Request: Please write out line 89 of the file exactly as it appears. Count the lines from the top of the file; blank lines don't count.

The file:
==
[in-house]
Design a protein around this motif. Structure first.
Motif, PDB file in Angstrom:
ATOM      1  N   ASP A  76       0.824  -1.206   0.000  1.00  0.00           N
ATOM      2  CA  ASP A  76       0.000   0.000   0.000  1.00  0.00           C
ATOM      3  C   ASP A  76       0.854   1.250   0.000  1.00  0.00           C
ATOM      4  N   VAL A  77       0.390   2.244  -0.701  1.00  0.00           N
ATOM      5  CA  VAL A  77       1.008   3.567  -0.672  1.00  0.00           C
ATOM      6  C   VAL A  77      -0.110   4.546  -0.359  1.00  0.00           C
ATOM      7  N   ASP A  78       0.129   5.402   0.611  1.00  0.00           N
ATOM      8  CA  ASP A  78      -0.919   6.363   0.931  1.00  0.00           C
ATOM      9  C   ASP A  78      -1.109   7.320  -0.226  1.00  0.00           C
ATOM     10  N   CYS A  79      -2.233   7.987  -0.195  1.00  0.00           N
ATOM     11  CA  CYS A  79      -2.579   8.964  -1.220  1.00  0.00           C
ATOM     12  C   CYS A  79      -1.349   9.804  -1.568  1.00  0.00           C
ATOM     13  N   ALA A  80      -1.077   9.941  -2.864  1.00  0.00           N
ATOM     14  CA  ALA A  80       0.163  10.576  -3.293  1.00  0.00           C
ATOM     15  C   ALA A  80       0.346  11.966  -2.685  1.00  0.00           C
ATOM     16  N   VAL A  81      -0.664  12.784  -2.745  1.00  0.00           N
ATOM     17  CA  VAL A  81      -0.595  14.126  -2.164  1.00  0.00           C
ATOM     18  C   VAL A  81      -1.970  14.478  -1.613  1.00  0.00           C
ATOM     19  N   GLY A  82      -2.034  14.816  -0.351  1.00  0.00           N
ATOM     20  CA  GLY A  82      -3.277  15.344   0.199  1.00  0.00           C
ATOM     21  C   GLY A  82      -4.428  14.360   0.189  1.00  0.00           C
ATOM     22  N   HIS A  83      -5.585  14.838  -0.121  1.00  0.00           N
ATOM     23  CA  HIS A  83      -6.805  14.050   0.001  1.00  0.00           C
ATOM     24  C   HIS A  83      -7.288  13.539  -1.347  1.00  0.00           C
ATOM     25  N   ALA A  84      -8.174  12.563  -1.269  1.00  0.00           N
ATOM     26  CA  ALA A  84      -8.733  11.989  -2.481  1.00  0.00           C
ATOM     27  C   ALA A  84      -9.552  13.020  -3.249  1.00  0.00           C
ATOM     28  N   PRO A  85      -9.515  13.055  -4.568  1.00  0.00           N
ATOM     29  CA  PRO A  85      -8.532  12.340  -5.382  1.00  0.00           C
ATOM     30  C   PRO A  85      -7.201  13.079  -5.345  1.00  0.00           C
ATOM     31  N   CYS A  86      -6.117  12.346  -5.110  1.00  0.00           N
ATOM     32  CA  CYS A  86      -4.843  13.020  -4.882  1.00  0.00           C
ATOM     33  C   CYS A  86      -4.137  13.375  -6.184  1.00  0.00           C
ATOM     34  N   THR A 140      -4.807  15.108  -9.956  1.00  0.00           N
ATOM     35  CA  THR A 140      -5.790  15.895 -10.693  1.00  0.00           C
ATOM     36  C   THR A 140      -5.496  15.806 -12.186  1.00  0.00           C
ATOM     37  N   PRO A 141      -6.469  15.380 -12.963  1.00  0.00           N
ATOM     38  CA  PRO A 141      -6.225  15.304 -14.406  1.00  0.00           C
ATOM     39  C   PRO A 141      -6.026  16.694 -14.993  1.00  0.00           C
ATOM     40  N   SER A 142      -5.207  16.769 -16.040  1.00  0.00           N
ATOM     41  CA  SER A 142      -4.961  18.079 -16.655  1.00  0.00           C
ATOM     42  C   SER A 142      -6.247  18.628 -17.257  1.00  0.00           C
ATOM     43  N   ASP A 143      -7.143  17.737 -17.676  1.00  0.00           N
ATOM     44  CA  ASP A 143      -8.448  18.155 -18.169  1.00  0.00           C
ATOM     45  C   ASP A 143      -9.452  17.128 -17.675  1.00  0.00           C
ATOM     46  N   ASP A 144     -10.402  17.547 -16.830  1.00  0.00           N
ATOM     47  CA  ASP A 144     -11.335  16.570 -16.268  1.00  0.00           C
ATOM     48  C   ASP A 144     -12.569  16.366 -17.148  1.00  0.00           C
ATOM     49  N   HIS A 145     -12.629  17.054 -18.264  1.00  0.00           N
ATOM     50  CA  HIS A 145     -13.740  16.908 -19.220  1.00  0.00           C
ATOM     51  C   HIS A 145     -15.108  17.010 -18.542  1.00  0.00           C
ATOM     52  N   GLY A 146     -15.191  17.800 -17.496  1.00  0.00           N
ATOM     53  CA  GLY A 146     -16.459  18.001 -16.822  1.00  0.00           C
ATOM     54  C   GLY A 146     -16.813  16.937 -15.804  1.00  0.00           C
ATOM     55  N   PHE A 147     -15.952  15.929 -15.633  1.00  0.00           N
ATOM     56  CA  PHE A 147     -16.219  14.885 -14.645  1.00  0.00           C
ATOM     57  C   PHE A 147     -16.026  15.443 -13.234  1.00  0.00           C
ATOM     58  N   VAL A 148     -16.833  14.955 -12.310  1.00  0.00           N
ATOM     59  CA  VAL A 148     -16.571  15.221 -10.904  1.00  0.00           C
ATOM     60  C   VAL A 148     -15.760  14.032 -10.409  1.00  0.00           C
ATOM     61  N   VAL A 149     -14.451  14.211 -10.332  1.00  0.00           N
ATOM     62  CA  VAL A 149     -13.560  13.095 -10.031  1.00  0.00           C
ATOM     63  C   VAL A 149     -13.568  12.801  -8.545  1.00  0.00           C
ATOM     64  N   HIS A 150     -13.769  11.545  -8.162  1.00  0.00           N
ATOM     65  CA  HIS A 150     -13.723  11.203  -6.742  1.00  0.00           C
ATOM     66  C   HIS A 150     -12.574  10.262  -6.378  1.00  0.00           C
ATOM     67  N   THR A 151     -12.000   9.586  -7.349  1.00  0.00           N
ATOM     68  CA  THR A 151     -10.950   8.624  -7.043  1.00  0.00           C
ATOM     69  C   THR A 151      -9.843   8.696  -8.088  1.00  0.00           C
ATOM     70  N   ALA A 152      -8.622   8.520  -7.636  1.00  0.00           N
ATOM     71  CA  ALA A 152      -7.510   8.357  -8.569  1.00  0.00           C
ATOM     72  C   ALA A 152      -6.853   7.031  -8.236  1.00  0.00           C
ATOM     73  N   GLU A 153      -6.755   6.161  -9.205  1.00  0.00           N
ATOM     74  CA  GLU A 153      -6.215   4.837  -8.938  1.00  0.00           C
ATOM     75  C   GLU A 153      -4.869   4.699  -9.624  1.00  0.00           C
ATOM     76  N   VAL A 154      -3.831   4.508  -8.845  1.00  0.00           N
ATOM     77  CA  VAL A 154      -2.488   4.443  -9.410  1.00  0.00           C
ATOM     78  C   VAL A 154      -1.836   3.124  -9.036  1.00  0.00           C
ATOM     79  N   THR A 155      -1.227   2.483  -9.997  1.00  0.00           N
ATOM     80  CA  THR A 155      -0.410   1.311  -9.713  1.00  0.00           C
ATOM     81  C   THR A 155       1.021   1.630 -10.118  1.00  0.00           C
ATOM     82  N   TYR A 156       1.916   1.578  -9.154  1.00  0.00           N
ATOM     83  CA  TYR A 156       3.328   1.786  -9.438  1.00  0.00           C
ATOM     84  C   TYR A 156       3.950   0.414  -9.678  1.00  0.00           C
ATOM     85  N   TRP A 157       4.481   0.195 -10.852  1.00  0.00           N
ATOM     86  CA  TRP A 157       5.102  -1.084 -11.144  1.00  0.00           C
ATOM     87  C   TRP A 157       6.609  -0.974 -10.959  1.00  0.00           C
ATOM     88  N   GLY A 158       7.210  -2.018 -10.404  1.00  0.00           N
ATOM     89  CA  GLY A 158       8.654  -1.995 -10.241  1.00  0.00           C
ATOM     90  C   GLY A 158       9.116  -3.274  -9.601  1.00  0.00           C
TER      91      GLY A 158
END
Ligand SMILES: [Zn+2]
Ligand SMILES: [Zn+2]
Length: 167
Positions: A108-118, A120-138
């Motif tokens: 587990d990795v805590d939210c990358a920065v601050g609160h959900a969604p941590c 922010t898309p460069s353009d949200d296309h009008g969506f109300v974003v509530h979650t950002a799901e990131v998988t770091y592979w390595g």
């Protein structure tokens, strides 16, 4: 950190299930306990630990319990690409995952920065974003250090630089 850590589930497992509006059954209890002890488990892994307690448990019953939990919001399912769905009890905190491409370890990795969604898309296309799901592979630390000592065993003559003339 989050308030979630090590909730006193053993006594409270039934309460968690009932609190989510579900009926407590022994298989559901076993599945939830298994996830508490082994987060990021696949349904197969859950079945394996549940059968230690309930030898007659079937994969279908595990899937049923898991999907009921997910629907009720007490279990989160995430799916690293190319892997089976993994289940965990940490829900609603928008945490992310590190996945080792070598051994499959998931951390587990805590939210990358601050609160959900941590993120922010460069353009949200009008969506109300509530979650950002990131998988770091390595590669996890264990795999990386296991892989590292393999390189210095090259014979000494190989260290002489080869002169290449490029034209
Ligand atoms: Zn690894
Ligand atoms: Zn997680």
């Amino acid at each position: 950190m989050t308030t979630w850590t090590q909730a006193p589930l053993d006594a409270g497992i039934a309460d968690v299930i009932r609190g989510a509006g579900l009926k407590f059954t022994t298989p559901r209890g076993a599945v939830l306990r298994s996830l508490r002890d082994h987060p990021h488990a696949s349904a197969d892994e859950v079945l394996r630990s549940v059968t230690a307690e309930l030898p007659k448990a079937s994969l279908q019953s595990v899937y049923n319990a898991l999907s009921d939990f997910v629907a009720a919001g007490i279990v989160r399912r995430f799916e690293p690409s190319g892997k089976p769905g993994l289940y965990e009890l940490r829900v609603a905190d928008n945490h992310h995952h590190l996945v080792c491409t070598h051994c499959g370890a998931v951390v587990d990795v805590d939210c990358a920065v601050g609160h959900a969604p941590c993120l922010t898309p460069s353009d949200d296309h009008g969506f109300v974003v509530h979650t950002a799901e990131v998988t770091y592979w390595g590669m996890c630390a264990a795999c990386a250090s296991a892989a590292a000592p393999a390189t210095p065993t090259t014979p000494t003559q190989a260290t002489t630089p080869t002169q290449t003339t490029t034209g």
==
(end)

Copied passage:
ATOM     86  CA  TRP A 157       5.102  -1.084 -11.144  1.00  0.00           C